Computer geeks break Pi record

Marianne Freiberger Share this page

Two computer geeks claim to have calculated the number pi to 5 trillion places, on a single desktop and in record time. That's 2.3 trillion digits more than the previous world record held by the Frenchman Fabrice Bellard. Japanese system engineer Shigeru Kondo and American student Alexander Yee achieved the result using a program created by Yee and a desktop computer built by Kondo. The program took 90 days to compute the 5 trillion digits and over 60 hours to verify the result.

The number Pi has an infinitely long decimal expansion which never repeats (unlike the expansion of a rational number like, say, 1/3=0.33333.....) and contains no discernible patterns. In fact, many mathematicians believe that the expansion of Pi is an example of perfect randomness, exhibiting the same statistical properties as a sequence you'd get by throwing a perfect 10-sided die infinitely many times. So if you want to know what the 5 trillionth digit is, all you can do is sit down and calculate it.

What you do with this 5 trillionth digit is another matter. Real-life applications require an accuracy of at most a few tens of digits and from a mathematical viewpoint the actual digits of pi are nowhere near as interesting as its number theoretical properties, or the statistical properties of its expansion. But Kondo and Yee's interest was to do with computers, rather than maths "After Fabrice Bellard's announcement of 2.7 trillion digits on a relatively 'cheap' desktop, it was pretty clear that the limit of personal computing was a lot higher," Yee says on their website. "Shigeru Kondo and I wanted to see how much better we could do if we used some more powerful hardware. Both of us are hardware fanatics. And both of us (especially Shigeru Kondo) had some very powerful machines at our disposal. So with that, we decided to see how far we could push the limits of personal computing using personally owned hardware."

The computer built by Kondo for the purpose may be called "personal", but it's got nothing to do with what you and I have sitting around at home or in the office. With 96 GB of RAM and over 39 TB of disc storage, it massively outstrips any ordinary machine. Roughly 22 TB of disc was needed to perform the computation.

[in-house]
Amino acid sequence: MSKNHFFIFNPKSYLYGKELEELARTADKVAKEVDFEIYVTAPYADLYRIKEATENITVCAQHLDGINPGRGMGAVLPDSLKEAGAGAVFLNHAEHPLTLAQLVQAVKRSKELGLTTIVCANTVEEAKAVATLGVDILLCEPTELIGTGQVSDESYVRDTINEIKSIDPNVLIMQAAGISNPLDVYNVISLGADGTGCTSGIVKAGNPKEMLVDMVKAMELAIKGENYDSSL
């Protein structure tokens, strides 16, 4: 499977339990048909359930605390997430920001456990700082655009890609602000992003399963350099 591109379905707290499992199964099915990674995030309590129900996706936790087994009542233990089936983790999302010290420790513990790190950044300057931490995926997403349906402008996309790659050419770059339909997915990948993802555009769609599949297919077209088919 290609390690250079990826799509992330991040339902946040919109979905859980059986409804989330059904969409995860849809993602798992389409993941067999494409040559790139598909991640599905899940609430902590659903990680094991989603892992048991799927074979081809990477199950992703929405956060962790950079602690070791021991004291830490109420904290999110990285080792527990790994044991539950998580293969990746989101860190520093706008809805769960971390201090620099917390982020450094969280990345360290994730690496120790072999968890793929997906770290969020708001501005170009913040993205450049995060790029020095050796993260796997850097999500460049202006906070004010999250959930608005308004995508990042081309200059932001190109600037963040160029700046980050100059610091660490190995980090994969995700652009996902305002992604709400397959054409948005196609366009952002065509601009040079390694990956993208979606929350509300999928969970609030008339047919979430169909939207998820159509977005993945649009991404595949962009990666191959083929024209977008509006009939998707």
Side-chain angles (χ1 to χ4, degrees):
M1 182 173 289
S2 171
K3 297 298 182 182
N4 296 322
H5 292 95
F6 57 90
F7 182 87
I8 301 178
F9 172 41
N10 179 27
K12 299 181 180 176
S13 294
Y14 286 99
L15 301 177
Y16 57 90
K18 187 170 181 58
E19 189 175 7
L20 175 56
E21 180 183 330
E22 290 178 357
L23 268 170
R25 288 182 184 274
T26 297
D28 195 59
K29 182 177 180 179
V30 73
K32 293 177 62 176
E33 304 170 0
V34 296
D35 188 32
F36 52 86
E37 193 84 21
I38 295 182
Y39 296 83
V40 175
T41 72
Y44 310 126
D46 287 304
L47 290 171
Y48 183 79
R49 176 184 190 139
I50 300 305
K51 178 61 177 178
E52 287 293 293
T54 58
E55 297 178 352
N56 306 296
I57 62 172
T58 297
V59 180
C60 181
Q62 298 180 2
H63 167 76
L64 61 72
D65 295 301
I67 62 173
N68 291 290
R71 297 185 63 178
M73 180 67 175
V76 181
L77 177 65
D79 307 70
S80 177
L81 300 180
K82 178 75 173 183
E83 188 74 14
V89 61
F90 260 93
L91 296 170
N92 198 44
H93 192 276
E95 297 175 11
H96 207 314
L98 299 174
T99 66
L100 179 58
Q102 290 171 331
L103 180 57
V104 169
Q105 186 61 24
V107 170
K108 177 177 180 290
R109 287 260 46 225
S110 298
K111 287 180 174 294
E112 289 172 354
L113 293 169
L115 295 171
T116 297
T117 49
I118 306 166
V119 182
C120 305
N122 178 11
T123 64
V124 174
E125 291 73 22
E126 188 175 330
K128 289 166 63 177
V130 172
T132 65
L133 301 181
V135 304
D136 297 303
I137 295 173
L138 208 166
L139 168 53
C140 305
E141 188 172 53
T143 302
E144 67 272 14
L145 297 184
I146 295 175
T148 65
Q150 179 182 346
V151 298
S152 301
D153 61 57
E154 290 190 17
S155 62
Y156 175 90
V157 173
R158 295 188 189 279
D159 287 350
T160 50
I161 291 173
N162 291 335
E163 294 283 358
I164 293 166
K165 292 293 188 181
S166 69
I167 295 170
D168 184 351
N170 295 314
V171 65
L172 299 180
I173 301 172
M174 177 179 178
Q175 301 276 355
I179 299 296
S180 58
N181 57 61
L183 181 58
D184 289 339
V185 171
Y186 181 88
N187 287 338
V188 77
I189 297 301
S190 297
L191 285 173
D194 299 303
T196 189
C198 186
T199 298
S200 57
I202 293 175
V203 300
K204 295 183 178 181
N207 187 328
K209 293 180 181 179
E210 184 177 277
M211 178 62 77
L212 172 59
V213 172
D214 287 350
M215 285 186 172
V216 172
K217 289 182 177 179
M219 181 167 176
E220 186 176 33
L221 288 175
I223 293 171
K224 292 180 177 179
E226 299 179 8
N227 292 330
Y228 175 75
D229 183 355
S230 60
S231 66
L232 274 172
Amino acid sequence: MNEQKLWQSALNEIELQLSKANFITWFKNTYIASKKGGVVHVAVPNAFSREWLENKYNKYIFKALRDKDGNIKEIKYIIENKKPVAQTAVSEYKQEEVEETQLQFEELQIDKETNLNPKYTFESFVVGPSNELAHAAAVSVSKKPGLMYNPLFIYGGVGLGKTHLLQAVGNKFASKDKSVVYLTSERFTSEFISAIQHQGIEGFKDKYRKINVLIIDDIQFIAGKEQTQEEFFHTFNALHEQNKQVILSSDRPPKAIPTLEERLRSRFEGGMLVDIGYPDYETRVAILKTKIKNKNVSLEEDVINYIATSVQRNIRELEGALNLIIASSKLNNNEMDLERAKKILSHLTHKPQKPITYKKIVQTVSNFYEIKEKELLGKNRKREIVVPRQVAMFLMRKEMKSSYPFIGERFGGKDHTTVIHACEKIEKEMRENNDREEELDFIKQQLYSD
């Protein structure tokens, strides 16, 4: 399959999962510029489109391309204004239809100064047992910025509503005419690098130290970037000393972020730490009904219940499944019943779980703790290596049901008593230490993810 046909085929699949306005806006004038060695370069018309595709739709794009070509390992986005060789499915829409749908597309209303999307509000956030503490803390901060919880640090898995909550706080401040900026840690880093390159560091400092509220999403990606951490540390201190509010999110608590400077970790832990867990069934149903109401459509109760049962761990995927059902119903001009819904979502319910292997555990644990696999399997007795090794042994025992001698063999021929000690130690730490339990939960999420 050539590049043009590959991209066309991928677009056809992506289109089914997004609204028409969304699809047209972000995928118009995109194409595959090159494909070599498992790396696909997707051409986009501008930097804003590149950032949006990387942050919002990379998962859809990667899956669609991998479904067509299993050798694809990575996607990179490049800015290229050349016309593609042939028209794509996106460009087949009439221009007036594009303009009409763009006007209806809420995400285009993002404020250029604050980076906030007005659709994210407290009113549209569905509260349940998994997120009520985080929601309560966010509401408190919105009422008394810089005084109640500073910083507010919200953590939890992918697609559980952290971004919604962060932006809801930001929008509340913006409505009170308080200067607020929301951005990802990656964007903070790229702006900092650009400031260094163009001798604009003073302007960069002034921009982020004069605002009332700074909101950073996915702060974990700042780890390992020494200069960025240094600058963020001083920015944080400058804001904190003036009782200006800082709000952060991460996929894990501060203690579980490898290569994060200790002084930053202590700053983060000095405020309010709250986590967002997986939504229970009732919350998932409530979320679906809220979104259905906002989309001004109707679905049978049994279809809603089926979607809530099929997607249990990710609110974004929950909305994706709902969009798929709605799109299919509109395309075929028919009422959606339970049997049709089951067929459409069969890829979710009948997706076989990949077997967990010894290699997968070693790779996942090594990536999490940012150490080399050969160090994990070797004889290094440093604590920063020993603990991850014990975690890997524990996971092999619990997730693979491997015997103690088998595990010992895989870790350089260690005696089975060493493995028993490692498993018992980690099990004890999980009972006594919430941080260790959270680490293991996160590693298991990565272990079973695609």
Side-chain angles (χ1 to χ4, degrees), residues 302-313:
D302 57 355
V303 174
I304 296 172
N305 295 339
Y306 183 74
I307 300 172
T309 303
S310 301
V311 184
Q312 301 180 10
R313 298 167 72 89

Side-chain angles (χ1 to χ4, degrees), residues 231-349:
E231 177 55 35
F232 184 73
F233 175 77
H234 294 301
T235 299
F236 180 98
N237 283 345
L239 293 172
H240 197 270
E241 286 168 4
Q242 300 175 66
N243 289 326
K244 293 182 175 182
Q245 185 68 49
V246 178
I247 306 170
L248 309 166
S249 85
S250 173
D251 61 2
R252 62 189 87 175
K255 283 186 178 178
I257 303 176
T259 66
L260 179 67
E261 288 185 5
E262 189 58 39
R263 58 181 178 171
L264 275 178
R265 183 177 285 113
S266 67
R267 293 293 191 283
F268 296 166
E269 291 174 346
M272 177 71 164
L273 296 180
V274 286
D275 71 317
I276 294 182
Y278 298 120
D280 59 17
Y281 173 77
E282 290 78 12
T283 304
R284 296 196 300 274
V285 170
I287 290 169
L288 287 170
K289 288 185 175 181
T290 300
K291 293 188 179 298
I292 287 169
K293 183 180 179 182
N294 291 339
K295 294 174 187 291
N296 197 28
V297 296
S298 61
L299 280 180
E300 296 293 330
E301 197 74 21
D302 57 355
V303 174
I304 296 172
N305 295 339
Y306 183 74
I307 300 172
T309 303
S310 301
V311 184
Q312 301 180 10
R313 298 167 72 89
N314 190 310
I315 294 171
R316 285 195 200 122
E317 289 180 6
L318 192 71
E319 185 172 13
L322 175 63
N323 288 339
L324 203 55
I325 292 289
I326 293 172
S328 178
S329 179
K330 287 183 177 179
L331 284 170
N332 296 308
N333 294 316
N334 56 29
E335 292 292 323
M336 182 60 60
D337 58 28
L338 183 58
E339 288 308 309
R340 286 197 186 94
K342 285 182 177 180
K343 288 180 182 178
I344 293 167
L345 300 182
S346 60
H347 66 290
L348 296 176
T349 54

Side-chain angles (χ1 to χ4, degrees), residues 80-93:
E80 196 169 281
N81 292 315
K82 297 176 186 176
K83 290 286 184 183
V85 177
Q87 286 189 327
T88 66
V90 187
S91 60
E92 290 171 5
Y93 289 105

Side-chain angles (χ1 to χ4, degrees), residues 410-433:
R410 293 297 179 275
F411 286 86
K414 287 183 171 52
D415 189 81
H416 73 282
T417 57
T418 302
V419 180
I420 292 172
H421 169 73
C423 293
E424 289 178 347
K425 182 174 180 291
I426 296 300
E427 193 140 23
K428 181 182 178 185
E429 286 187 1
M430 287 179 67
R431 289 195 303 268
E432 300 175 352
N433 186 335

The algorithm used to calculate the digits of Pi was developed by Yee and, as he claims, also holds the record for digit computations for many other famous constants, including $e$, the golden ratio and the square root of 2. Pi is computed using infinite sums that converge to it. Perhaps the most famous example of such a sum is the Gregory-Leibniz series

  \[ \pi =4(1-1/3+1/5-1/7+1/9-...). \]    

As you add more and more terms in this sum, the result does not become arbitrarily large, but gets closer and closer to Pi. This is because successive terms become smaller at a rate that outstrips the growth of the sum.

However, in the case of the Gregory-Leibniz series convergence is painfully slow: you need to compute the first 300 terms to calculate Pi correctly to two decimal places.

Yee's algorithm resorts to another series with faster convergence, known as the Chudnovsky formula:

  \[ \frac{1}{\pi }=\frac{\sqrt{10005}}{4270934400}\sum _{k=0}^{\infty } (-1)^ k\frac{(6k)!}{(k!)^3(3k)!}\frac{(13591409+545140134k)}{640320^{3k}}. \]    
Here the symbol $\sum $ stands for summation: the first term of the series has $k=0$, the second $k=1$ and so on, ad infinitum. The exclamation mark stands for factorial: for a whole number $n$,
  \[ n!=n\times (n-1)\times (n-2) ... \times 2 \times 1. \]    

Yee then used two further series to verify the result. To find out more, and to see some pictures of Kundo and Yee's personal ubercomputer, have a look at their website.

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